SimCity 3000 Unlimited for Linux
I tested this on a G400-based VA workstation with 128MB RAM and a 500MHz PIII as well as a GeForce-based system with 256MB RAM and an 550MHz PIII, and both systems handled the game with little difficulty. Though the game doesn't require any 3-D support, the calculations required for simulating a 100-square-mile city can be rather taxing, and once you get to higher levels of development, the slowdown in movement around the screen and zoom redraws start to become more and more noticeable. Loki lists the minimum hardware requirements as a Pentium 233 and 32MB of RAM; while these numbers may make sense for many small-scale cities, I think more advanced users (or users of some of the truly monstrous scenario cities) might find it nearly impossible to construct massive cityscapes with those computational limitations. Loki recommends that you run this game in 16bpp color mode to eliminate the on-the-fly conversions that must occur if you use 24 or 32bpp color modes. If you want to use the Building Architect Plus tool, you'll need to use an OpenGL-compliant 3-D driver of some sort (both my NVidia OpenGL drivers and Mesa had no problem at all with the BAP tool). You'll want to have an OSS-compatible sound card and a minimum of 450MB of disk space for the install (a full install will run up around 650MB or so). In general, the requirements of this game really are pretty low compared to the return you get in game play. I've run this gem on my little 500MHz laptop often and find it is just as playable there as on any workstation.
It's the best version of SimCity yet, with more levels of customization, more add-ons, more options, better graphics and better game play than ever before. The game is, perhaps, somewhat complex by its very nature, and if you're looking for a simple game, this probably isn't your bag. However, if you enjoy the idea of some planning and strategy, and if you enjoy a fun mental challenge that is hugely rewarding, this is your game. In my opinion, this is probably a must-have for most Linux gamers.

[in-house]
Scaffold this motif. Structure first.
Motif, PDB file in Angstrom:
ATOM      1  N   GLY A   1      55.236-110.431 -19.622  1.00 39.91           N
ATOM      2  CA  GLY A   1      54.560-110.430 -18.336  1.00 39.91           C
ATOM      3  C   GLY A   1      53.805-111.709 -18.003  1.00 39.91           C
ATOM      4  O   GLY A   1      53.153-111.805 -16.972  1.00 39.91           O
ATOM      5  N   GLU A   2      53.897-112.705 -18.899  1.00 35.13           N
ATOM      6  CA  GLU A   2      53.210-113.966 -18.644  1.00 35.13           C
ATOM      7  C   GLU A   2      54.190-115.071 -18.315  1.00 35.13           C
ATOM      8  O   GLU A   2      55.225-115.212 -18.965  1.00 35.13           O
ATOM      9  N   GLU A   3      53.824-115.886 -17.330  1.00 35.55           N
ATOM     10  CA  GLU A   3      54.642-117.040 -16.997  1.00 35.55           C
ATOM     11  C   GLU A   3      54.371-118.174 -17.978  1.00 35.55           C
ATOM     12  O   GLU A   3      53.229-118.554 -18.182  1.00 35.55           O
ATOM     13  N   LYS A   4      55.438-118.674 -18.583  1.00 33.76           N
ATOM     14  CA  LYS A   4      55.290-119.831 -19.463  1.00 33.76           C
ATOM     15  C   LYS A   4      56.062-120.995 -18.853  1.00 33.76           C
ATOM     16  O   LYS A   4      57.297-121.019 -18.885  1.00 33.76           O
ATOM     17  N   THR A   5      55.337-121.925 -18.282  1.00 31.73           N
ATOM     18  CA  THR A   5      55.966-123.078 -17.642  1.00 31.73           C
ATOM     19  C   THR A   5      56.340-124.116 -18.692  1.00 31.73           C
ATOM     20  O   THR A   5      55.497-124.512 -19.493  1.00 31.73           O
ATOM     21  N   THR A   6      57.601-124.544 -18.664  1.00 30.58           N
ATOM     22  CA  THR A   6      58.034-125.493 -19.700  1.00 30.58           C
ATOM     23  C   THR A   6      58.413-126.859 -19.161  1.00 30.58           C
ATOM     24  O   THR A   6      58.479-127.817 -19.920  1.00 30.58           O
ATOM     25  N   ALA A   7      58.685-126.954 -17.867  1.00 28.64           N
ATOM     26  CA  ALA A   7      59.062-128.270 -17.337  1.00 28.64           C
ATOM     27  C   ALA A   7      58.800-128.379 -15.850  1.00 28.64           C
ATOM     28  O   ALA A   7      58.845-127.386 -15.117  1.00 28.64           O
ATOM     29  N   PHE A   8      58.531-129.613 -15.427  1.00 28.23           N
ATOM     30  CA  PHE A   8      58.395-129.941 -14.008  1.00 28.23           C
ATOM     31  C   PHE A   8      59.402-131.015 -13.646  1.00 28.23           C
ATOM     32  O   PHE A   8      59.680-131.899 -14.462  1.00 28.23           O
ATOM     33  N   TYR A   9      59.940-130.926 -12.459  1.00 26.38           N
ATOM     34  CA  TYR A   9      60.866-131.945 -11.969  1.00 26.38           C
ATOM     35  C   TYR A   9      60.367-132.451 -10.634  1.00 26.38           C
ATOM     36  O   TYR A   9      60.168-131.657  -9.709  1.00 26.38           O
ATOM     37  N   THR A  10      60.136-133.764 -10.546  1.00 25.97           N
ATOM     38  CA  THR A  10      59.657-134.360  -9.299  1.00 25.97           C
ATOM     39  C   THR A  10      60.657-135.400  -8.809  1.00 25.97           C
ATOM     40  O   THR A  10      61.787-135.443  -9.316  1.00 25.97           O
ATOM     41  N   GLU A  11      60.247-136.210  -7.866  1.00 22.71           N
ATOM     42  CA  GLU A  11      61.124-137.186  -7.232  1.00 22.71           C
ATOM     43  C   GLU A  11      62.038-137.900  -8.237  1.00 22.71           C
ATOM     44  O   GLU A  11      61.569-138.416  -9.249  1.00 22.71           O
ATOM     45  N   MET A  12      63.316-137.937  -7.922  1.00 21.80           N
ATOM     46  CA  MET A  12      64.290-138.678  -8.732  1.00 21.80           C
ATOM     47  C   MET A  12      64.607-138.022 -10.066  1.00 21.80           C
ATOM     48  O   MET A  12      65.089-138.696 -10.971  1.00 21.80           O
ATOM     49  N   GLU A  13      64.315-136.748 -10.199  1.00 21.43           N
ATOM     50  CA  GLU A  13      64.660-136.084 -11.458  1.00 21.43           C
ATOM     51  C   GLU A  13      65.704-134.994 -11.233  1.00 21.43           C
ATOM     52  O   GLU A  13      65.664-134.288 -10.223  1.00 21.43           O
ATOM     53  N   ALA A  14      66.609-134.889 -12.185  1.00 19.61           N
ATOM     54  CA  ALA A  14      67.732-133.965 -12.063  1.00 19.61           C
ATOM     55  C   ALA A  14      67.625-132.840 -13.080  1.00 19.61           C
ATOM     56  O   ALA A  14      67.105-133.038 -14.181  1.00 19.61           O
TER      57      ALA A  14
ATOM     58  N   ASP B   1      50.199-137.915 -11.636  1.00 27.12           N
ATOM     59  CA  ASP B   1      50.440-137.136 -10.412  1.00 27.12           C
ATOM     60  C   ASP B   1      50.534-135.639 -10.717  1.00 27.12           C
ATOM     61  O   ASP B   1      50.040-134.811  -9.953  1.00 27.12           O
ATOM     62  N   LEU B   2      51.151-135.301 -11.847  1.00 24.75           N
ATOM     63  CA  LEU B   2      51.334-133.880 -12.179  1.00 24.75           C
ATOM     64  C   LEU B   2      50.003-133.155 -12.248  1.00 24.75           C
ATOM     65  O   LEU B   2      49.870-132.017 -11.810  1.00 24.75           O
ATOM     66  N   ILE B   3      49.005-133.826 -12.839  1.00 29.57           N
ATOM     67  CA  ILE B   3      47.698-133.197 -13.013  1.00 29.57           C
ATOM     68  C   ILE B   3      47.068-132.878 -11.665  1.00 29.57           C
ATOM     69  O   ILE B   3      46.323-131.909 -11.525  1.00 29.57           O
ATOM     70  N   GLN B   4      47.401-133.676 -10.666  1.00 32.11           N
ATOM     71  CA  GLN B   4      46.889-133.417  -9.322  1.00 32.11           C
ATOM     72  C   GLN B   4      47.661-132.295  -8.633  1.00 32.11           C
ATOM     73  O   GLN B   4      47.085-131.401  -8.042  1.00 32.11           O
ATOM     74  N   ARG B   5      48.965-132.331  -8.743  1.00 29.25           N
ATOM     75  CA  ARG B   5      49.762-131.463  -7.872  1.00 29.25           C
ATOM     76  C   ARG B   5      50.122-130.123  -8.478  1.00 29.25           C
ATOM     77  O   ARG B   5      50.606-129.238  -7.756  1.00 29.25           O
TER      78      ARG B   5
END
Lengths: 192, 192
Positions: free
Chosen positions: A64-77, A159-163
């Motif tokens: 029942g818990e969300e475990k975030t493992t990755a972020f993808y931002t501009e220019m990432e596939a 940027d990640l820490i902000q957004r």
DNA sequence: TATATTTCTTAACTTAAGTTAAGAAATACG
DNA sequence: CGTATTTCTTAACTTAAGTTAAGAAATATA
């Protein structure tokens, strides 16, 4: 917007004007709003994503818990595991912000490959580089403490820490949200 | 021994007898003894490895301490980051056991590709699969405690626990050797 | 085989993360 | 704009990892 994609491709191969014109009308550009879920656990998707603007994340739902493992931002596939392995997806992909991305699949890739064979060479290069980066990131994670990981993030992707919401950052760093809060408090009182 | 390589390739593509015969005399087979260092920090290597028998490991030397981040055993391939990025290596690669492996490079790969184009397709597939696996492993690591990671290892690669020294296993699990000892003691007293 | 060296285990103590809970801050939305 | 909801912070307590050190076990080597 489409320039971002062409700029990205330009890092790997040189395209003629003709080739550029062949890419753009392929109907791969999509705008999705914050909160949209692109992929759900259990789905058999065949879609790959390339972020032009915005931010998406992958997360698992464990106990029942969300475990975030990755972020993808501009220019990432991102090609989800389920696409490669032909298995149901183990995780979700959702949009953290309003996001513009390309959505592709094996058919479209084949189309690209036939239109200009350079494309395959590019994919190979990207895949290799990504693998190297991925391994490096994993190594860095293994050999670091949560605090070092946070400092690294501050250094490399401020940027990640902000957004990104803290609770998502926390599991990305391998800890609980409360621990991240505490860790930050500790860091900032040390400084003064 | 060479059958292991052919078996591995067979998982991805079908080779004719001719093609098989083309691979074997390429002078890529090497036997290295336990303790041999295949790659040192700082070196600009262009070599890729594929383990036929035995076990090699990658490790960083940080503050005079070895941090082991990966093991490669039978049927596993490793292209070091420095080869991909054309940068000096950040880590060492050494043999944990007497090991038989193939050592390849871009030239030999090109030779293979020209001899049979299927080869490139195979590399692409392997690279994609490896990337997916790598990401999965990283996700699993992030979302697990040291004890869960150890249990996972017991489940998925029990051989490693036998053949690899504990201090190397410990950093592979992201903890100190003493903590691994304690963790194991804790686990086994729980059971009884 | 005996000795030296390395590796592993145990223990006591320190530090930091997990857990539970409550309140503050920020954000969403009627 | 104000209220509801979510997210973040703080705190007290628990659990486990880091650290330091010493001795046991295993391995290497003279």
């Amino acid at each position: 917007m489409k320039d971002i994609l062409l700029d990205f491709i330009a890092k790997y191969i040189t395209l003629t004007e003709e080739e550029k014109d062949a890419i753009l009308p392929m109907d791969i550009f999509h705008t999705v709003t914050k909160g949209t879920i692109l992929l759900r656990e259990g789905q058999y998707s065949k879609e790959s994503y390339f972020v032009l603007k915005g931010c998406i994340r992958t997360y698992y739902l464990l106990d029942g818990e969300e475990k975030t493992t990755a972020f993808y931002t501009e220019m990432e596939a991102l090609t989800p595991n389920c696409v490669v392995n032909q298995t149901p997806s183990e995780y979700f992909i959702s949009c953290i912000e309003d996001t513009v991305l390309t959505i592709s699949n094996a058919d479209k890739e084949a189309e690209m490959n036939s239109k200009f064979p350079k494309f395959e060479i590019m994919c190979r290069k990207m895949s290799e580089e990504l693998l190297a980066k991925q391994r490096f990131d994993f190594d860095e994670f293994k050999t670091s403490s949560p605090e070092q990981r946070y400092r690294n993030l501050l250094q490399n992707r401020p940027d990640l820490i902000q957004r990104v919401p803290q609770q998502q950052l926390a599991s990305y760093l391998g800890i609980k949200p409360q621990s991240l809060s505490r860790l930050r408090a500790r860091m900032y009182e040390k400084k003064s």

Practical Task Scheduling Deployment
July 20, 2016 12:00 pm CDT
One of the best things about the UNIX environment (aside from being stable and efficient) is the vast array of software tools available to help you do your job. Traditionally, a UNIX tool does only one thing, but does that one thing very well. For example, grep is very easy to use and can search vast amounts of data quickly. The find tool can find a particular file or files based on all kinds of criteria. It's pretty easy to string these tools together to build even more powerful tools, such as a tool that finds all of the .log files in the /home directory and searches each one for a particular entry. This erector-set mentality allows UNIX system administrators to seem to always have the right tool for the job.
Cron traditionally has been considered another such a tool for job scheduling, but is it enough? This webinar considers that very question. The first part builds on a previous Geek Guide, Beyond Cron, and briefly describes how to know when it might be time to consider upgrading your job scheduling infrastructure. The second part presents an actual planning and implementation framework.
Join Linux Journal's Mike Diehl and Pat Cameron of Help Systems.
Free to Linux Journal readers.Register Now!
- Stunnel Security for Oracle
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- SUSE LLC's SUSE Manager
- Murat Yener and Onur Dundar's Expert Android Studio (Wrox)
- My +1 Sword of Productivity
- Managing Linux Using Puppet
- Tech Tip: Really Simple HTTP Server with Python
- Non-Linux FOSS: Caffeine!
- Google's SwiftShader Released
- Doing for User Space What We Did for Kernel Space
With all the industry talk about the benefits of Linux on Power and all the performance advantages offered by its open architecture, you may be considering a move in that direction. If you are thinking about analytics, big data and cloud computing, you would be right to evaluate Power. The idea of using commodity x86 hardware and replacing it every three years is an outdated cost model. It doesn’t consider the total cost of ownership, and it doesn’t consider the advantage of real processing power, high-availability and multithreading like a demon.
This ebook takes a look at some of the practical applications of the Linux on Power platform and ways you might bring all the performance power of this open architecture to bear for your organization. There are no smoke and mirrors here—just hard, cold, empirical evidence provided by independent sources. I also consider some innovative ways Linux on Power will be used in the future.Get the Guide